By: John Turley, MS-NCR ‘10
A seasoned and well-traveled nurse once counseled me to always remember that patients do not want to be in the hospital in the first place. They are typically uncomfortable, testy, and in pain, with an intense desire to return to the comforts of home as soon as possible. This leitmotif often comes into play in the emergency room, as new patients come and go frequently. As a volunteer at the Emergency Department(ED) of the University of Michigan Hospital in Ann Arbor, Michigan, I assist the medical staff with conflict management, while addressing the many and varied needs of the patients throughout their hospital stay.
Within the hospital, a well-coordinated team of highly skilled generalists, specialists, nurses, technicians and administrative staff attends to the medical needs of their patients with purpose and resolve. Their concerted efforts are like the intricate workings of a world class operatic orchestra performing Verdi’s Il Trovatore or Puccini’s La Boheme. How harmoniously conflict is resolved depends on the patient’s individual situation as the medical staff responds to their needs.
Like an effective beat cop, in my volunteer role, I mingle with the patients in the waiting room and listen to their particular situation and circumstances. I walk the halls of the emergency room to anticipate needs or the potential outbreak of conflict between patients and the nurses or medical technicians. My mediation training is invaluable when I encounter disputes in the waiting room between patients, their family members, and sometimes the medical staff.
An effective mediator actively listens to clients to understand their respective positions and why they may be in conflict with each other. My questions are directed toward either or both disputing sides to expand upon a point, a firm position, or an expressed need. The unmet needs which are the most compelling emerge after a deeper dive of questioning. Mediators follow a process of observation, listening, withholding judgment and remaining as neutral as possible in guiding people in conflict toward determining their own creative solution to their dispute.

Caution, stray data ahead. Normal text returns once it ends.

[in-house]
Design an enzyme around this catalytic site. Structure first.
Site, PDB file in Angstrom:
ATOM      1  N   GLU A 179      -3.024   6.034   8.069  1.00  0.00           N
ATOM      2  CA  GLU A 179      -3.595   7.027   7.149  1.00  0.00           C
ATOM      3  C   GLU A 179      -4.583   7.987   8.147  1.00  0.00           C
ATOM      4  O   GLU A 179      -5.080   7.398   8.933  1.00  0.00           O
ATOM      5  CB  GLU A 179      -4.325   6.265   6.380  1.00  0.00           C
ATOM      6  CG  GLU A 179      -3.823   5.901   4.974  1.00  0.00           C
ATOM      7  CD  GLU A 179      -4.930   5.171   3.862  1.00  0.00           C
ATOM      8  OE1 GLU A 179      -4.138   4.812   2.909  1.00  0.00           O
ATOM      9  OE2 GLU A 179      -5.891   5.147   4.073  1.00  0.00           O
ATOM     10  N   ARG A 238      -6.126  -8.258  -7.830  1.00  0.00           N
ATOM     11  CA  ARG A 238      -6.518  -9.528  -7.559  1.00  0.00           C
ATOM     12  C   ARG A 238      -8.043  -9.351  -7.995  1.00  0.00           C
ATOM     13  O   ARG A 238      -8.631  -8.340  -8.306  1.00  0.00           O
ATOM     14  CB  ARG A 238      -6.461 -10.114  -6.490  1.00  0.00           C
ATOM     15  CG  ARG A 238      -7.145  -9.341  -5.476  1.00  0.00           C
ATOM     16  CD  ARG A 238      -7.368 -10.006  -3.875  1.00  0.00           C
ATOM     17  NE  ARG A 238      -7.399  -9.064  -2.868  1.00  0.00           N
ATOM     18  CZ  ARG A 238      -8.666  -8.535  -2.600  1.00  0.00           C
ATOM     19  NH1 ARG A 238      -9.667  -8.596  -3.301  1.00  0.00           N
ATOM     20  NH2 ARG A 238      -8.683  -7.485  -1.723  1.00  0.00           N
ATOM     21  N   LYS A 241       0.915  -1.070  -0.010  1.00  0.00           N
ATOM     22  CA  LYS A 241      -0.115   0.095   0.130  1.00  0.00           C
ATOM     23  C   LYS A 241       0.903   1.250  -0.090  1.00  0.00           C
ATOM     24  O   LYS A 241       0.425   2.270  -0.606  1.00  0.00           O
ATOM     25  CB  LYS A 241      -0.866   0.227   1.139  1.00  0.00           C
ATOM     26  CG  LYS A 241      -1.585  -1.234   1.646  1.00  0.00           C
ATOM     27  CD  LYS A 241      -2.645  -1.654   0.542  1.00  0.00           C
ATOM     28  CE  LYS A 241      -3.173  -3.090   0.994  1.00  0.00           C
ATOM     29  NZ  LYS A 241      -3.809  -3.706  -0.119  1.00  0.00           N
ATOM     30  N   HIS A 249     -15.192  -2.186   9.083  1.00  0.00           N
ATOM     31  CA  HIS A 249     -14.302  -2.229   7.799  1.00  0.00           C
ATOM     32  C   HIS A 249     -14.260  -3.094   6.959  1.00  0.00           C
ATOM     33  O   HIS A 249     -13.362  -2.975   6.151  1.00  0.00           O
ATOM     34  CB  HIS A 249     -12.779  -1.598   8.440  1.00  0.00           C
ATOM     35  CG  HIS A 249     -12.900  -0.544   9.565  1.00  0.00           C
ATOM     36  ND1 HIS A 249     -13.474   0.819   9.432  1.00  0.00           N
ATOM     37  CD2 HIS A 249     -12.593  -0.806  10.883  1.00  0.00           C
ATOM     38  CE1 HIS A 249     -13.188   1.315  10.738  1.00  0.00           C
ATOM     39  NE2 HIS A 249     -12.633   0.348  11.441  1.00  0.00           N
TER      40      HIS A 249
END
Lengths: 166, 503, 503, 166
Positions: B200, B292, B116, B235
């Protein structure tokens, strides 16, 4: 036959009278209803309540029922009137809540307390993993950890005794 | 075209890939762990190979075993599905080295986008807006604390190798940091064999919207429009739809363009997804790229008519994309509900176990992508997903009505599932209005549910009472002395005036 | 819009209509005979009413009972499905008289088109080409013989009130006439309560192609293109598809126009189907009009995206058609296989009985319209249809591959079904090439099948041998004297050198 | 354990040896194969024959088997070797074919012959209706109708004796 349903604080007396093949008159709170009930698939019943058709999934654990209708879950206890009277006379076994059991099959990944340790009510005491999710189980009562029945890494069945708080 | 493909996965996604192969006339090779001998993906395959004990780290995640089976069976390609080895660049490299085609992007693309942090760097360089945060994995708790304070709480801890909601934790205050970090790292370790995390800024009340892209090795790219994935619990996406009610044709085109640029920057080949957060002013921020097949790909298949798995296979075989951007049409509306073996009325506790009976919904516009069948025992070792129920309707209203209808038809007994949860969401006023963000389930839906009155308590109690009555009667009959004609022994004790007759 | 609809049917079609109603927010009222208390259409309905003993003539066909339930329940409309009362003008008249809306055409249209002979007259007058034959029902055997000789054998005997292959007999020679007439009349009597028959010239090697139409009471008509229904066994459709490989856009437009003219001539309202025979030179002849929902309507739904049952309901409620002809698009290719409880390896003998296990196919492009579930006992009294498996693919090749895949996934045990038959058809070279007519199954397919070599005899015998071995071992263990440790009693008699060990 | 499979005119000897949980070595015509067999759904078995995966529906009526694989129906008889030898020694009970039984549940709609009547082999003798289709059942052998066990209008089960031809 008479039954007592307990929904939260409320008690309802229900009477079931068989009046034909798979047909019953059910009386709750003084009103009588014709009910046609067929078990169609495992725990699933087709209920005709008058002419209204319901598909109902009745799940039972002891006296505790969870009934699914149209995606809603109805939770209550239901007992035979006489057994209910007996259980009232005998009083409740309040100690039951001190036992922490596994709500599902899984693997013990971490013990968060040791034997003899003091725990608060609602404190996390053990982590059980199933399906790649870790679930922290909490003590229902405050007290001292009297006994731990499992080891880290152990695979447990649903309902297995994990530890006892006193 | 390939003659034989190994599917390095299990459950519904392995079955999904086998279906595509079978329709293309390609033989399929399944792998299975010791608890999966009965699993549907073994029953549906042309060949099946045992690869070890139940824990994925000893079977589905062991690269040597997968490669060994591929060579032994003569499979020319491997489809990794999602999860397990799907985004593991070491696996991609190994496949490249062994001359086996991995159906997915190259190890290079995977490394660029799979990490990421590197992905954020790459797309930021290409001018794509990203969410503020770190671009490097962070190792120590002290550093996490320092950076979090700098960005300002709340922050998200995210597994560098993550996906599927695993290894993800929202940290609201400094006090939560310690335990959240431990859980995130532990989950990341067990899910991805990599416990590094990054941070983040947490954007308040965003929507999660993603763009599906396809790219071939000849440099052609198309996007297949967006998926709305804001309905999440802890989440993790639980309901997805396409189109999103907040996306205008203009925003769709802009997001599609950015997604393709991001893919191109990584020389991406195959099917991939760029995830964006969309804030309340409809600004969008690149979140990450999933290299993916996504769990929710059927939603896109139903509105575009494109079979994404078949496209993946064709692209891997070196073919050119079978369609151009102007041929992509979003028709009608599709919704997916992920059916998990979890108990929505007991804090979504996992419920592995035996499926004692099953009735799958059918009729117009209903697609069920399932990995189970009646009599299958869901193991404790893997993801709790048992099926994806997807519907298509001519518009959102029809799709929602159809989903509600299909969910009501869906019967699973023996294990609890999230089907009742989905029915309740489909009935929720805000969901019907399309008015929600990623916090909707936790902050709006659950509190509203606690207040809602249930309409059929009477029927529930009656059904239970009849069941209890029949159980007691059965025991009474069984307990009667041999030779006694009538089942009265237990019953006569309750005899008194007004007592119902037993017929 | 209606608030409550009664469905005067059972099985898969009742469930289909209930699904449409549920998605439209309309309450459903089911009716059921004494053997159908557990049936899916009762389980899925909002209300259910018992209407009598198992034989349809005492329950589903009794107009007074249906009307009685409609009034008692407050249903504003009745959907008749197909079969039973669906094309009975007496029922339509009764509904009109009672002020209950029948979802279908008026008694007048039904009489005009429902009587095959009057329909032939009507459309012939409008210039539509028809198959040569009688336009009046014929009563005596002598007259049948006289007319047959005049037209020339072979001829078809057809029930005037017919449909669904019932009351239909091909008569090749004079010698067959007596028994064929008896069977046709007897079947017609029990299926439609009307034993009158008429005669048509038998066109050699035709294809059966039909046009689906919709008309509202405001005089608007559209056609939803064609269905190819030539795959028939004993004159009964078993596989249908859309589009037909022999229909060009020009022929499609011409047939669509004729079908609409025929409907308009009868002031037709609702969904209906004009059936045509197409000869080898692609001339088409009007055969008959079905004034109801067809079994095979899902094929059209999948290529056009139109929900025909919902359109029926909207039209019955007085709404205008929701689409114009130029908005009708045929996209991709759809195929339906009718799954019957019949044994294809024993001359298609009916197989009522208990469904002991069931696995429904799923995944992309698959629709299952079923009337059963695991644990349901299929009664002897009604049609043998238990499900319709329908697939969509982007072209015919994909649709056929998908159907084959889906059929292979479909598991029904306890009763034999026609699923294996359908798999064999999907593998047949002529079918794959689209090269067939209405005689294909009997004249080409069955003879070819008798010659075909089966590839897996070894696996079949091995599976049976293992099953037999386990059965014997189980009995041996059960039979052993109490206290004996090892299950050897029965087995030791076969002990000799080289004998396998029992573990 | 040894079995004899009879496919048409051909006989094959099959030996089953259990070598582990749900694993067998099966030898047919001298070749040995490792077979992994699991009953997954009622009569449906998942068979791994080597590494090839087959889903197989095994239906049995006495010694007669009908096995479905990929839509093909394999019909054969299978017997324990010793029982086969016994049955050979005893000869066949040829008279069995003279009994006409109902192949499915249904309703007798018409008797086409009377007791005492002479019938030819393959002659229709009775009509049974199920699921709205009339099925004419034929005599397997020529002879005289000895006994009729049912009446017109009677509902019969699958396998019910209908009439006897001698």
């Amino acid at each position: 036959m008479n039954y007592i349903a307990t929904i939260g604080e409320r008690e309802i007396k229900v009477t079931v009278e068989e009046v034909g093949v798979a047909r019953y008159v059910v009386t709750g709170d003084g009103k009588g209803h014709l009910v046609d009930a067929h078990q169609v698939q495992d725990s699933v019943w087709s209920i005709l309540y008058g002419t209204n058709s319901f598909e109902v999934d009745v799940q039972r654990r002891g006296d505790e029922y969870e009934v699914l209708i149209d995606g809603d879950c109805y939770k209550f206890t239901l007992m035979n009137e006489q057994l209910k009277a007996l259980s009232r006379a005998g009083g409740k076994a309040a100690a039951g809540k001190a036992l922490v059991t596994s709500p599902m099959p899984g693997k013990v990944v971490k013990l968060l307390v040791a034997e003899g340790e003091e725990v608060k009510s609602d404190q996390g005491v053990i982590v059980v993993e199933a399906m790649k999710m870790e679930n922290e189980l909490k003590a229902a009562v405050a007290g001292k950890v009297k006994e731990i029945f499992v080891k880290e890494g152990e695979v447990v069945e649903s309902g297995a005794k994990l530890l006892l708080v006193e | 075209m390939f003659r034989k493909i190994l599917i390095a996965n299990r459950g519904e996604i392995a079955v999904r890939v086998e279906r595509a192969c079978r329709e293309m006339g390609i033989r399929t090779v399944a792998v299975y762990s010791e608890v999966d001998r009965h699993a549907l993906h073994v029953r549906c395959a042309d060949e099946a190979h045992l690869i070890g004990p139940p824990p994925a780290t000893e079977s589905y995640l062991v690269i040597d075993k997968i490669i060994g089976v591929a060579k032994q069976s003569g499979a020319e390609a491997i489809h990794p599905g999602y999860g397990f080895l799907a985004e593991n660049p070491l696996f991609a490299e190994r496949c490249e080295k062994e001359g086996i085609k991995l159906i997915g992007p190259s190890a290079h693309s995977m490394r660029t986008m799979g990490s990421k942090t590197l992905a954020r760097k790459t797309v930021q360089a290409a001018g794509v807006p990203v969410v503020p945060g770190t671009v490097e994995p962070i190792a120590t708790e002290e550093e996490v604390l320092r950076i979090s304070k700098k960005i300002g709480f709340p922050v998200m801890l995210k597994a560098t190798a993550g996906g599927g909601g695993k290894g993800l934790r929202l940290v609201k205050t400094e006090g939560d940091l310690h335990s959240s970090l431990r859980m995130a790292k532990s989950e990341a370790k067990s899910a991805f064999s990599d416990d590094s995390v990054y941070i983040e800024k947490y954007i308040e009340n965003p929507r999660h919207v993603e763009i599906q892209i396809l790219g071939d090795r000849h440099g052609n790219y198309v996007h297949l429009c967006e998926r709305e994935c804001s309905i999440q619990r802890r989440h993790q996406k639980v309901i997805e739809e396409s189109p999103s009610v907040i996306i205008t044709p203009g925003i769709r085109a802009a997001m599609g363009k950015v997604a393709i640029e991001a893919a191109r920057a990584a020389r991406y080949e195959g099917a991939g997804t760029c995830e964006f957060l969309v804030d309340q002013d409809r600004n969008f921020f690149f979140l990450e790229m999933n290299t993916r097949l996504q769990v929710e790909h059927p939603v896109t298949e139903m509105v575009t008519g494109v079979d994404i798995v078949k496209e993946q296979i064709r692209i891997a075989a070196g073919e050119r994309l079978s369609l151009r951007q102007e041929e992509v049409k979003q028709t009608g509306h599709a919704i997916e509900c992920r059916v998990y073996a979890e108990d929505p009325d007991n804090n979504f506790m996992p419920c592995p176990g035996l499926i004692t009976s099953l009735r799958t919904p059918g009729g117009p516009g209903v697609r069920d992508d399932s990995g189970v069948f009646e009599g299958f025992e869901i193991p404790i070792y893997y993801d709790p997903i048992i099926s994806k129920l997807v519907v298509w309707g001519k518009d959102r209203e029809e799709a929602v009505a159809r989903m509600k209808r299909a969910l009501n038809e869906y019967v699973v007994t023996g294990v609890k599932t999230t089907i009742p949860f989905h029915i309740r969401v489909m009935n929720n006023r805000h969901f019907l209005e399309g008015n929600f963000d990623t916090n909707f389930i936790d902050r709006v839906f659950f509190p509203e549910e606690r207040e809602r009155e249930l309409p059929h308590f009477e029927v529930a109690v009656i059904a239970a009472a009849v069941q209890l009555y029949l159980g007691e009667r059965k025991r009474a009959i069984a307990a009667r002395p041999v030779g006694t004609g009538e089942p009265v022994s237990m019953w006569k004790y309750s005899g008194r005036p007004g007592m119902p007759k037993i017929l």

Patient behavior is usually the best indicator of the potential rise of conflict. Patients loathe waiting too long without knowing when they will be seen by a doctor or nurse. The “lone wolf” patient agitator can cause a considerable amount of tension and disruption in the waiting area. On one occasion, a patient returned to the ER waiting area after treatment and proceeded to unravel his bandages to the shock and discomfort of the patients and their family members. His blood spewed about as he plucked at his stitches. Hospital security was slow to intervene, so I eased the man toward the security station as I calmed the horrified patients while placing sheets to cover a considerable amount of discharged blood. The goal of the encounter was to remove the source of trouble and to restore order while reassuring the visitors of their safety.
On a separate occasion, a patient and a nurse were engaged in a fierce verbal battle at the ER check-in desk. The patient resorted to foul language which prompted the nurse to eject the patient from the hospital. Several hours later, I encountered the disgruntled patient in a different area of the main hospital. I listened to his concerns and processed his expressed needs for medical attention. I negotiated a course of action with him whereby we would return to the ER check-in area under the condition that I would ask the nurse to reconsider his admittance so long as there was no more foul language or expressions of anger. The dispute was settled to the satisfaction of all parties including myself. The patient was treated and released.
These two examples attest to my training as a mediator in a healthcare environment. Assess the situation, and follow the ADR process to produce the desired results. In the first instance, my goal was to restore order and allay people’s fears. In the latter example, I wanted the patient to receive help according to the hospital’s standards and processes. I am grateful for my practical training in settling conflicts and ability to put them to use in a volunteer healthcare setting.